Interview with a Vampire: Brad Warner

I posted a link to these videos on my facebook but I'm reposting them here for people who don't have access to facebook.

In August I visited America for a month, and my second favorite discovery there was Brad Warner. My favorite discovery in America was this underground salsa club in the Mission with no sign that only opens after 2:00am, which I promised I would never blog about on the internet. Oops.

Brad is a Zen teacher and writer. I'd never heard of him. You can google him and find out how "controversial" he is and whatever. I have a lot of respect for him, for two reasons. One is that he sits zazen every day, religiously, in the morning and evening, without anyone telling him to, and has for more than twenty years. Also, he can sit full lotus, which I can't. At a basic, fundamental level, he is a good person trying to do things in a good way.

The other reason I respect him is that he doesn't act like a teacher. I imagine some people might have a problem with this quality; they might want him to embody- or at least perform- responsibility and authority in a certain kind of way. In Japan, there is a proverb, "Miso that smells like miso isn't good miso." I've heard Aoyama Roshi use this proverb to describe teachers who are too showy and obvious with themselves, who just exude Great Zen Teacher. This is bad miso, and bad teaching, because it's too smelly. When I first met Brad, he didn't act like anything in particular. He doesn't smell like anything, and that's why I like him and respect him. I mean "smelly" metaphorically, of course. In real life he probably smells like falafel.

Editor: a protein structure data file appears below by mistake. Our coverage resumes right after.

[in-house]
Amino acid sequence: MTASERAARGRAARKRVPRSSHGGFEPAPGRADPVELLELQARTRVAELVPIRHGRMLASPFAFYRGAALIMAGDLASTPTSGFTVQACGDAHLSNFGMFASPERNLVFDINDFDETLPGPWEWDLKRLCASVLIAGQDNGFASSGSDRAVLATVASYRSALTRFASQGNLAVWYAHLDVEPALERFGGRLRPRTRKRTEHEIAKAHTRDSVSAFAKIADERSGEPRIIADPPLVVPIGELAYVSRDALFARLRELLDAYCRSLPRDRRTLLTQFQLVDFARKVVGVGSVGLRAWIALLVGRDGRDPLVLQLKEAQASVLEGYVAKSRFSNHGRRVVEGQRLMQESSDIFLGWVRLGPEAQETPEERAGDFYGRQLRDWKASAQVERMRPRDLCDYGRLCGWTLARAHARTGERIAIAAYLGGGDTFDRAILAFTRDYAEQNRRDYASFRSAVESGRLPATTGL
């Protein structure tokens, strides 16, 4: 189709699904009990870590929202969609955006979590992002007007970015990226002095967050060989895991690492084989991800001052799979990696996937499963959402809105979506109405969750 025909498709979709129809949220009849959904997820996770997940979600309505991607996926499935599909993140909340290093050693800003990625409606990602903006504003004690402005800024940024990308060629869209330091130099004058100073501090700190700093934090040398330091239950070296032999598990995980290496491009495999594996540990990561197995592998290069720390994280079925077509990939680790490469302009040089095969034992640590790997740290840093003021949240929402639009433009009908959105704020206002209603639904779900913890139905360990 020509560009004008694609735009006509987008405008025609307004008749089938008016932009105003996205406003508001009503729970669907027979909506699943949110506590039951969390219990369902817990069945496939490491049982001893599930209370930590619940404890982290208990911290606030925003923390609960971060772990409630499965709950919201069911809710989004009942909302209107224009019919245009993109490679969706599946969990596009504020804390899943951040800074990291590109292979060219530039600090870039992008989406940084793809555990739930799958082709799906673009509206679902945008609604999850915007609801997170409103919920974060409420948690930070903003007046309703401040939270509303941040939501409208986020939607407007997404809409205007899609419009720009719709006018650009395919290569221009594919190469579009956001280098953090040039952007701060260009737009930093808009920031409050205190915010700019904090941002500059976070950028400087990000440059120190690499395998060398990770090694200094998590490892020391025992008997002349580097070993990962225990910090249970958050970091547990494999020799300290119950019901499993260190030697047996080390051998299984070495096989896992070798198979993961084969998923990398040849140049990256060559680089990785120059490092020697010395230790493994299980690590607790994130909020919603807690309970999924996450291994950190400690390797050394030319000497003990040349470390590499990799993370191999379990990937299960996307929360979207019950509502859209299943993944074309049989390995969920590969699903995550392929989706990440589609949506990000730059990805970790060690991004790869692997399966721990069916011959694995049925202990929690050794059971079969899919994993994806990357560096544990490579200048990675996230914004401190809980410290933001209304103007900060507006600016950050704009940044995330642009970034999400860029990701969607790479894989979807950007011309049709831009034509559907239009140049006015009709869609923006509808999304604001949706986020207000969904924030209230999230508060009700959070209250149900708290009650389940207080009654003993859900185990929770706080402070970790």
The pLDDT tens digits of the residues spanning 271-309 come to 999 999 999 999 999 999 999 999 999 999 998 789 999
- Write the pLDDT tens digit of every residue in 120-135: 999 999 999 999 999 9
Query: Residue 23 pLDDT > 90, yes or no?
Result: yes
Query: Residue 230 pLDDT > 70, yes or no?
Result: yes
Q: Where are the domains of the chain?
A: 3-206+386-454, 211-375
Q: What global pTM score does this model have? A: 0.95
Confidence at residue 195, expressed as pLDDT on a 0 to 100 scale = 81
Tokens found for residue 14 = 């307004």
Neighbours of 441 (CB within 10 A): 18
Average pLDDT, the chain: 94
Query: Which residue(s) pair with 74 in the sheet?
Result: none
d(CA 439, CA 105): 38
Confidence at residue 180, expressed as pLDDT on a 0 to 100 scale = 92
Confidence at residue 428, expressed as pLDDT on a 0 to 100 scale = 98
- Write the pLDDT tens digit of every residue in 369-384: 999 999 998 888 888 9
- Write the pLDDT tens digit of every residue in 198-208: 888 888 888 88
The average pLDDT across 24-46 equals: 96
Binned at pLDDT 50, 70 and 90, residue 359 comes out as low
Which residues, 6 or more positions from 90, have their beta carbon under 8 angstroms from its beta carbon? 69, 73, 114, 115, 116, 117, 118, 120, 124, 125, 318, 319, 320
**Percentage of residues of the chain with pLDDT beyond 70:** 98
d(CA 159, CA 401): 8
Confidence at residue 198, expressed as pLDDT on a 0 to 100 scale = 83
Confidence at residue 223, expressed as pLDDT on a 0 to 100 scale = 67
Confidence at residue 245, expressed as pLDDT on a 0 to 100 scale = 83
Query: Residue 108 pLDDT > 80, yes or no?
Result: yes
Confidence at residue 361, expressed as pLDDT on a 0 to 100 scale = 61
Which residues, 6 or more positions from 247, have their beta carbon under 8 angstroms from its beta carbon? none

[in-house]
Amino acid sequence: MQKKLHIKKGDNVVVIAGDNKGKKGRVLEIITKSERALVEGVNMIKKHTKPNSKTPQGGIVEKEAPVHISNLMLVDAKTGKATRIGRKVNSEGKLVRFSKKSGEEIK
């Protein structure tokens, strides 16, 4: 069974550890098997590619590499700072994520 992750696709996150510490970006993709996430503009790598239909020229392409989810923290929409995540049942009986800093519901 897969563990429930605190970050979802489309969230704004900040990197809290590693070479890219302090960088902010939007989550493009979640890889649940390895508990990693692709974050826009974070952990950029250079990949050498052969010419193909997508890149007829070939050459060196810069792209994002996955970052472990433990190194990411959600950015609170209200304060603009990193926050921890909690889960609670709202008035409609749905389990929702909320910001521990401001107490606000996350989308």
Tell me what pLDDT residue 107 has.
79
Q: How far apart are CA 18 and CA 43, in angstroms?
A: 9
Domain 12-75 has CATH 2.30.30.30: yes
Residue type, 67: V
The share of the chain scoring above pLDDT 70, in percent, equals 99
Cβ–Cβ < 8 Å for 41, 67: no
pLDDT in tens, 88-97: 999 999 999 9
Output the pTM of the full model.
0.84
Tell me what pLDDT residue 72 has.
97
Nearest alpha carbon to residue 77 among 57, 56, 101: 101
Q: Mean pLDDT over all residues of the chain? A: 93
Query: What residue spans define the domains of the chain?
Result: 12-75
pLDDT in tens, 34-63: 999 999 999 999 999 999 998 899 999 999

We decided to have a recorded conversation about some things like monasticism, institutional Buddhism, and tradition, because our experience and points of view about these things are so opposed. Enjoy! These videos were originally posted on Brad's blog, 


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